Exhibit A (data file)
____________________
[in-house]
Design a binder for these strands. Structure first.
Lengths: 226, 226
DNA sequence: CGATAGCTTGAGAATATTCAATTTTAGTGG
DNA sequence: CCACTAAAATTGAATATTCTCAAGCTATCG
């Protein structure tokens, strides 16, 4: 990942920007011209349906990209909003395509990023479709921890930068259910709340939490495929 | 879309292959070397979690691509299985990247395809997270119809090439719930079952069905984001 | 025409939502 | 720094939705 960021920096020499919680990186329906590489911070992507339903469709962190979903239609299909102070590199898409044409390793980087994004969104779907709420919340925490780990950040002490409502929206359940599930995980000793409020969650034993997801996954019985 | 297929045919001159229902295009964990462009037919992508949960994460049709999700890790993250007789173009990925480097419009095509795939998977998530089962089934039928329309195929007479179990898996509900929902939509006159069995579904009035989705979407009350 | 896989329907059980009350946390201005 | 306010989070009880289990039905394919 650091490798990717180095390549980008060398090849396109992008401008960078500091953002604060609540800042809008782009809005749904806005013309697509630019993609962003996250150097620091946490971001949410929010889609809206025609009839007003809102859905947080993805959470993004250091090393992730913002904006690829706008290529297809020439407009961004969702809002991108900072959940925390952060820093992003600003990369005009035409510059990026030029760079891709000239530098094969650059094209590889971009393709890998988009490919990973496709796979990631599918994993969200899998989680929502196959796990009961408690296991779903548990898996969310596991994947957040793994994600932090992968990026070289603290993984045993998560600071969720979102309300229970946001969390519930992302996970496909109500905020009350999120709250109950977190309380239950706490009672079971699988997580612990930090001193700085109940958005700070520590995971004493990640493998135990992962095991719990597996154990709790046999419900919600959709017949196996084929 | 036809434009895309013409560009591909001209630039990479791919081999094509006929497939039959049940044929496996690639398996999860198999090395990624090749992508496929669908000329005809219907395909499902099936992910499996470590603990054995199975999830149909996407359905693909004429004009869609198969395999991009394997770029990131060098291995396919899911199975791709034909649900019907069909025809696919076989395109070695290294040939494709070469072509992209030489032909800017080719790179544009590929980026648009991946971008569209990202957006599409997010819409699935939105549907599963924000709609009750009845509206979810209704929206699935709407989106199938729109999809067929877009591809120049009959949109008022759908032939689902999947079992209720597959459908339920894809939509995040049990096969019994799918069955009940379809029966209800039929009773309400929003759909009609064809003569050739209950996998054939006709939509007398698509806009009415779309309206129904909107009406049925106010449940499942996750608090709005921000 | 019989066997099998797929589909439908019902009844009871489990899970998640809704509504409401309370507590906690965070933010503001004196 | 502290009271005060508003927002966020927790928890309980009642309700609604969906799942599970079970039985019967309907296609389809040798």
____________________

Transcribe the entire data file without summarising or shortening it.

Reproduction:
[in-house]
Design a binder for these strands. Structure first.
Lengths: 226, 226
DNA sequence: CGATAGCTTGAGAATATTCAATTTTAGTGG
DNA sequence: CCACTAAAATTGAATATTCTCAAGCTATCG
């Protein structure tokens, strides 16, 4: 990942920007011209349906990209909003395509990023479709921890930068259910709340939490495929 | 879309292959070397979690691509299985990247395809997270119809090439719930079952069905984001 | 025409939502 | 720094939705 960021920096020499919680990186329906590489911070992507339903469709962190979903239609299909102070590199898409044409390793980087994004969104779907709420919340925490780990950040002490409502929206359940599930995980000793409020969650034993997801996954019985 | 297929045919001159229902295009964990462009037919992508949960994460049709999700890790993250007789173009990925480097419009095509795939998977998530089962089934039928329309195929007479179990898996509900929902939509006159069995579904009035989705979407009350 | 896989329907059980009350946390201005 | 306010989070009880289990039905394919 650091490798990717180095390549980008060398090849396109992008401008960078500091953002604060609540800042809008782009809005749904806005013309697509630019993609962003996250150097620091946490971001949410929010889609809206025609009839007003809102859905947080993805959470993004250091090393992730913002904006690829706008290529297809020439407009961004969702809002991108900072959940925390952060820093992003600003990369005009035409510059990026030029760079891709000239530098094969650059094209590889971009393709890998988009490919990973496709796979990631599918994993969200899998989680929502196959796990009961408690296991779903548990898996969310596991994947957040793994994600932090992968990026070289603290993984045993998560600071969720979102309300229970946001969390519930992302996970496909109500905020009350999120709250109950977190309380239950706490009672079971699988997580612990930090001193700085109940958005700070520590995971004493990640493998135990992962095991719990597996154990709790046999419900919600959709017949196996084929 | 036809434009895309013409560009591909001209630039990479791919081999094509006929497939039959049940044929496996690639398996999860198999090395990624090749992508496929669908000329005809219907395909499902099936992910499996470590603990054995199975999830149909996407359905693909004429004009869609198969395999991009394997770029990131060098291995396919899911199975791709034909649900019907069909025809696919076989395109070695290294040939494709070469072509992209030489032909800017080719790179544009590929980026648009991946971008569209990202957006599409997010819409699935939105549907599963924000709609009750009845509206979810209704929206699935709407989106199938729109999809067929877009591809120049009959949109008022759908032939689902999947079992209720597959459908339920894809939509995040049990096969019994799918069955009940379809029966209800039929009773309400929003759909009609064809003569050739209950996998054939006709939509007398698509806009009415779309309206129904909107009406049925106010449940499942996750608090709005921000 | 019989066997099998797929589909439908019902009844009871489990899970998640809704509504409401309370507590906690965070933010503001004196 | 502290009271005060508003927002966020927790928890309980009642309700609604969906799942599970079970039985019967309907296609389809040798």